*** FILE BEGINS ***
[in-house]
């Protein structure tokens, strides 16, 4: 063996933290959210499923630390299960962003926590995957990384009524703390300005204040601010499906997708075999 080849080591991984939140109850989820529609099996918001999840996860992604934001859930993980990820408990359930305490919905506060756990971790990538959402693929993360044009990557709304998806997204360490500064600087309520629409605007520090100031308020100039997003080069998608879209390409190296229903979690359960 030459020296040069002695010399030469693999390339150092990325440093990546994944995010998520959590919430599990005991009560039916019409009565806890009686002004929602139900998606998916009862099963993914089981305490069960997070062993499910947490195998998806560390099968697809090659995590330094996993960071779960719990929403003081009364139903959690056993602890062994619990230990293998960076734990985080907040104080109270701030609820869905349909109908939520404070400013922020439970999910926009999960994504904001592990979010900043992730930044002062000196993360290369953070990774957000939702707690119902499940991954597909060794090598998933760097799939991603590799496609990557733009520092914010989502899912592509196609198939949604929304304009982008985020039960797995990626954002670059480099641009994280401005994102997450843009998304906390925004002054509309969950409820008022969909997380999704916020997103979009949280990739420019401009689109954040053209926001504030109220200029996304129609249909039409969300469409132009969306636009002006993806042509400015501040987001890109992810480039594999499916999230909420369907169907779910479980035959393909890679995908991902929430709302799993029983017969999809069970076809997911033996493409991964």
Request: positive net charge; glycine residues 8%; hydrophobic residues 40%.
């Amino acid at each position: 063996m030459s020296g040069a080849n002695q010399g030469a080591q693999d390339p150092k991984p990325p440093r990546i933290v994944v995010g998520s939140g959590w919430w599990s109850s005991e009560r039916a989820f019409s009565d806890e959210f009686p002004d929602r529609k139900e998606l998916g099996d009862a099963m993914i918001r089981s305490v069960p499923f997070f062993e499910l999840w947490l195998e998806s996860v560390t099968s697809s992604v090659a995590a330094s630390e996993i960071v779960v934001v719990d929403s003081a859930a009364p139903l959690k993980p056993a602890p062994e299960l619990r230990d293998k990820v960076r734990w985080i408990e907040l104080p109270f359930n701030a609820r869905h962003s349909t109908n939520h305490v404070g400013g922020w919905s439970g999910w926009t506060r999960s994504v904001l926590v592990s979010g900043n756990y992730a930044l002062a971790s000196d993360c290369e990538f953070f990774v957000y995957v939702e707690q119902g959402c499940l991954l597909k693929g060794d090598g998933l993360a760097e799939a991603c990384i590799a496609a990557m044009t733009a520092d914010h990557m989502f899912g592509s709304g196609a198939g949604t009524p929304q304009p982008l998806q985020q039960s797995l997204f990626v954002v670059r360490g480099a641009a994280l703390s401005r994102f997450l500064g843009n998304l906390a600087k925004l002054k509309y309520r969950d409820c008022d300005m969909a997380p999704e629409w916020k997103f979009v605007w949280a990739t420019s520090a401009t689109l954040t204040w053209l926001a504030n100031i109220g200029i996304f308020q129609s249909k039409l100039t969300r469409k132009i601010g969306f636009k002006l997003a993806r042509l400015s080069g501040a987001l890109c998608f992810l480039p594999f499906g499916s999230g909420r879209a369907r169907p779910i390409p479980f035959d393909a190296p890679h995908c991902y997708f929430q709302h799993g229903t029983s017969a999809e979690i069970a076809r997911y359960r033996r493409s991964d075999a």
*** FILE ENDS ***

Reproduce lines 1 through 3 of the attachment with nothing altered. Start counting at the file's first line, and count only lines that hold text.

[in-house]
């Protein structure tokens, strides 16, 4: 063996933290959210499923630390299960962003926590995957990384009524703390300005204040601010499906997708075999 080849080591991984939140109850989820529609099996918001999840996860992604934001859930993980990820408990359930305490919905506060756990971790990538959402693929993360044009990557709304998806997204360490500064600087309520629409605007520090100031308020100039997003080069998608879209390409190296229903979690359960 030459020296040069002695010399030469693999390339150092990325440093990546994944995010998520959590919430599990005991009560039916019409009565806890009686002004929602139900998606998916009862099963993914089981305490069960997070062993499910947490195998998806560390099968697809090659995590330094996993960071779960719990929403003081009364139903959690056993602890062994619990230990293998960076734990985080907040104080109270701030609820869905349909109908939520404070400013922020439970999910926009999960994504904001592990979010900043992730930044002062000196993360290369953070990774957000939702707690119902499940991954597909060794090598998933760097799939991603590799496609990557733009520092914010989502899912592509196609198939949604929304304009982008985020039960797995990626954002670059480099641009994280401005994102997450843009998304906390925004002054509309969950409820008022969909997380999704916020997103979009949280990739420019401009689109954040053209926001504030109220200029996304129609249909039409969300469409132009969306636009002006993806042509400015501040987001890109992810480039594999499916999230909420369907169907779910479980035959393909890679995908991902929430709302799993029983017969999809069970076809997911033996493409991964």
Request: positive net charge; glycine residues 8%; hydrophobic residues 40%.